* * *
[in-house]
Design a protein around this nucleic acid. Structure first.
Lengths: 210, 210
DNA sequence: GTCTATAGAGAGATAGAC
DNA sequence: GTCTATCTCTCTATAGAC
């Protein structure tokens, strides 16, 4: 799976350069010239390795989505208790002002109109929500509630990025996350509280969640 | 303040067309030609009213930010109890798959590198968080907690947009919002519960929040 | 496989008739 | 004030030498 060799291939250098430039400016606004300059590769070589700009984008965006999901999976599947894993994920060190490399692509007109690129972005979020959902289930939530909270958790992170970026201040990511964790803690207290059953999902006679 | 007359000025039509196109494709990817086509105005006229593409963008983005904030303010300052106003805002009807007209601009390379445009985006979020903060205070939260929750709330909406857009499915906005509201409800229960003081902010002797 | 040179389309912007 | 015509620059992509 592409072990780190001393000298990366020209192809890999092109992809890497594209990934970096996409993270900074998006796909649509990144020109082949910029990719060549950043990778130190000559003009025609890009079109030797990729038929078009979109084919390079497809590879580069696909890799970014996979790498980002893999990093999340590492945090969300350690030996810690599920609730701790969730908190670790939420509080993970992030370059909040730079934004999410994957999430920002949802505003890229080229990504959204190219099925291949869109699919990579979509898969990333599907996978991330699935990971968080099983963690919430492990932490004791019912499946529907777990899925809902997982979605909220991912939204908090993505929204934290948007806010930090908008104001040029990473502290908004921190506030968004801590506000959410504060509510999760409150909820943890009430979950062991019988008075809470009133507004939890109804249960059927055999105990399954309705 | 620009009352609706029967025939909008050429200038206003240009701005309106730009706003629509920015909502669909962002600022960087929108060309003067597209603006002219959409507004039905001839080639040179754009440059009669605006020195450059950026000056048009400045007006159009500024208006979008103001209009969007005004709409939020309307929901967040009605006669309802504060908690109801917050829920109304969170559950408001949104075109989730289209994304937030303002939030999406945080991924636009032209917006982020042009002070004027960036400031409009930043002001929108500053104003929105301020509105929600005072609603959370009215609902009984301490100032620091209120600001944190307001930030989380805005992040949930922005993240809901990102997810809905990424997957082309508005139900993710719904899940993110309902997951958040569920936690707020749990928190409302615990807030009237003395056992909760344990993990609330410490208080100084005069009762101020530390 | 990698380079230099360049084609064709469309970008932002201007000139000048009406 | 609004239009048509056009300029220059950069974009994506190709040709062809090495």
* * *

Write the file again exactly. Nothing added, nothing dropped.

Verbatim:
[in-house]
Design a protein around this nucleic acid. Structure first.
Lengths: 210, 210
DNA sequence: GTCTATAGAGAGATAGAC
DNA sequence: GTCTATCTCTCTATAGAC
């Protein structure tokens, strides 16, 4: 799976350069010239390795989505208790002002109109929500509630990025996350509280969640 | 303040067309030609009213930010109890798959590198968080907690947009919002519960929040 | 496989008739 | 004030030498 060799291939250098430039400016606004300059590769070589700009984008965006999901999976599947894993994920060190490399692509007109690129972005979020959902289930939530909270958790992170970026201040990511964790803690207290059953999902006679 | 007359000025039509196109494709990817086509105005006229593409963008983005904030303010300052106003805002009807007209601009390379445009985006979020903060205070939260929750709330909406857009499915906005509201409800229960003081902010002797 | 040179389309912007 | 015509620059992509 592409072990780190001393000298990366020209192809890999092109992809890497594209990934970096996409993270900074998006796909649509990144020109082949910029990719060549950043990778130190000559003009025609890009079109030797990729038929078009979109084919390079497809590879580069696909890799970014996979790498980002893999990093999340590492945090969300350690030996810690599920609730701790969730908190670790939420509080993970992030370059909040730079934004999410994957999430920002949802505003890229080229990504959204190219099925291949869109699919990579979509898969990333599907996978991330699935990971968080099983963690919430492990932490004791019912499946529907777990899925809902997982979605909220991912939204908090993505929204934290948007806010930090908008104001040029990473502290908004921190506030968004801590506000959410504060509510999760409150909820943890009430979950062991019988008075809470009133507004939890109804249960059927055999105990399954309705 | 620009009352609706029967025939909008050429200038206003240009701005309106730009706003629509920015909502669909962002600022960087929108060309003067597209603006002219959409507004039905001839080639040179754009440059009669605006020195450059950026000056048009400045007006159009500024208006979008103001209009969007005004709409939020309307929901967040009605006669309802504060908690109801917050829920109304969170559950408001949104075109989730289209994304937030303002939030999406945080991924636009032209917006982020042009002070004027960036400031409009930043002001929108500053104003929105301020509105929600005072609603959370009215609902009984301490100032620091209120600001944190307001930030989380805005992040949930922005993240809901990102997810809905990424997957082309508005139900993710719904899940993110309902997951958040569920936690707020749990928190409302615990807030009237003395056992909760344990993990609330410490208080100084005069009762101020530390 | 990698380079230099360049084609064709469309970008932002201007000139000048009406 | 609004239009048509056009300029220059950069974009994506190709040709062809090495």